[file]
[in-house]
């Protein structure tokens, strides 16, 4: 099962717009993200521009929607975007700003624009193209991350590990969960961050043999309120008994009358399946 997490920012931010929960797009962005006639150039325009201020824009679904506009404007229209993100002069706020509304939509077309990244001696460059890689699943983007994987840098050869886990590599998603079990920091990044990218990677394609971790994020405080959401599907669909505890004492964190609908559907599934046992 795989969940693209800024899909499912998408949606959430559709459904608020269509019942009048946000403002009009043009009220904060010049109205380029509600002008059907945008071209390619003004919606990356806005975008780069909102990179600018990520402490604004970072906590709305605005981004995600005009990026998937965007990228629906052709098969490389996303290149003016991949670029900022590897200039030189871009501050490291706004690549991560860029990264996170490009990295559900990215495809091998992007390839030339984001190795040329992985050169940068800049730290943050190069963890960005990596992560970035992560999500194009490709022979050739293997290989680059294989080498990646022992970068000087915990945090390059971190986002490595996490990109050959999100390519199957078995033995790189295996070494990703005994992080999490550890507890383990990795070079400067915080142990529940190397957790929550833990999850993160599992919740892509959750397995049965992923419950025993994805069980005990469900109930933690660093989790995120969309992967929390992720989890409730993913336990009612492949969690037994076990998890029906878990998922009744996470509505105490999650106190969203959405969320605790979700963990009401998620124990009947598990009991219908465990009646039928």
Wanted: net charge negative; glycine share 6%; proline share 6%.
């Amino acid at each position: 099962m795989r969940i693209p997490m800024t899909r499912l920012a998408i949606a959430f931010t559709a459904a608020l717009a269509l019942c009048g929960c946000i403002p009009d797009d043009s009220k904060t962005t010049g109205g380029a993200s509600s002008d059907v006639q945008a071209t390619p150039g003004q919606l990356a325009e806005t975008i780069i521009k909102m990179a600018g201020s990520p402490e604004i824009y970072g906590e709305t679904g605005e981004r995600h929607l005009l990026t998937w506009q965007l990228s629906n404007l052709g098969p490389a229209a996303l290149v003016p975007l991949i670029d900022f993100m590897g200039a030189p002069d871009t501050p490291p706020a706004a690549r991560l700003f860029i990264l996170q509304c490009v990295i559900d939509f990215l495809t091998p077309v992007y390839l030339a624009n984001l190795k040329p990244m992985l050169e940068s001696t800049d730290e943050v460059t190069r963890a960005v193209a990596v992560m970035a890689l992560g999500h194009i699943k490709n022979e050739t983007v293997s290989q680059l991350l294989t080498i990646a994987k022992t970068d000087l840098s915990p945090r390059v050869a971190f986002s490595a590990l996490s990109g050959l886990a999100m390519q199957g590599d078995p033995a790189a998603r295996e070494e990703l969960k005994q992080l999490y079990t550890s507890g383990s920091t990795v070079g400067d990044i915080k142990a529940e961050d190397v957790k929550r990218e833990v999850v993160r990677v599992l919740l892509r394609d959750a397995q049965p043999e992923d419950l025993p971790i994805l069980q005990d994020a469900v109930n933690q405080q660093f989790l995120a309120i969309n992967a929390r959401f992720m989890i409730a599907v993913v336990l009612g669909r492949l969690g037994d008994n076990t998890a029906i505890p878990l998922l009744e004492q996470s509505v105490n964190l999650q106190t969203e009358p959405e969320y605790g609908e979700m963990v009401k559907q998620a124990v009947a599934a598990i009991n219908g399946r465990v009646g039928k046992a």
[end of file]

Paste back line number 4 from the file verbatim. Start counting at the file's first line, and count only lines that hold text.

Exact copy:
């Amino acid at each position: 099962m795989r969940i693209p997490m800024t899909r499912l920012a998408i949606a959430f931010t559709a459904a608020l717009a269509l019942c009048g929960c946000i403002p009009d797009d043009s009220k904060t962005t010049g109205g380029a993200s509600s002008d059907v006639q945008a071209t390619p150039g003004q919606l990356a325009e806005t975008i780069i521009k909102m990179a600018g201020s990520p402490e604004i824009y970072g906590e709305t679904g605005e981004r995600h929607l005009l990026t998937w506009q965007l990228s629906n404007l052709g098969p490389a229209a996303l290149v003016p975007l991949i670029d900022f993100m590897g200039a030189p002069d871009t501050p490291p706020a706004a690549r991560l700003f860029i990264l996170q509304c490009v990295i559900d939509f990215l495809t091998p077309v992007y390839l030339a624009n984001l190795k040329p990244m992985l050169e940068s001696t800049d730290e943050v460059t190069r963890a960005v193209a990596v992560m970035a890689l992560g999500h194009i699943k490709n022979e050739t983007v293997s290989q680059l991350l294989t080498i990646a994987k022992t970068d000087l840098s915990p945090r390059v050869a971190f986002s490595a590990l996490s990109g050959l886990a999100m390519q199957g590599d078995p033995a790189a998603r295996e070494e990703l969960k005994q992080l999490y079990t550890s507890g383990s920091t990795v070079g400067d990044i915080k142990a529940e961050d190397v957790k929550r990218e833990v999850v993160r990677v599992l919740l892509r394609d959750a397995q049965p043999e992923d419950l025993p971790i994805l069980q005990d994020a469900v109930n933690q405080q660093f989790l995120a309120i969309n992967a929390r959401f992720m989890i409730a599907v993913v336990l009612g669909r492949l969690g037994d008994n076990t998890a029906i505890p878990l998922l009744e004492q996470s509505v105490n964190l999650q106190t969203e009358p959405e969320y605790g609908e979700m963990v009401k559907q998620a124990v009947a599934a598990i009991n219908g399946r465990v009646g039928k046992a």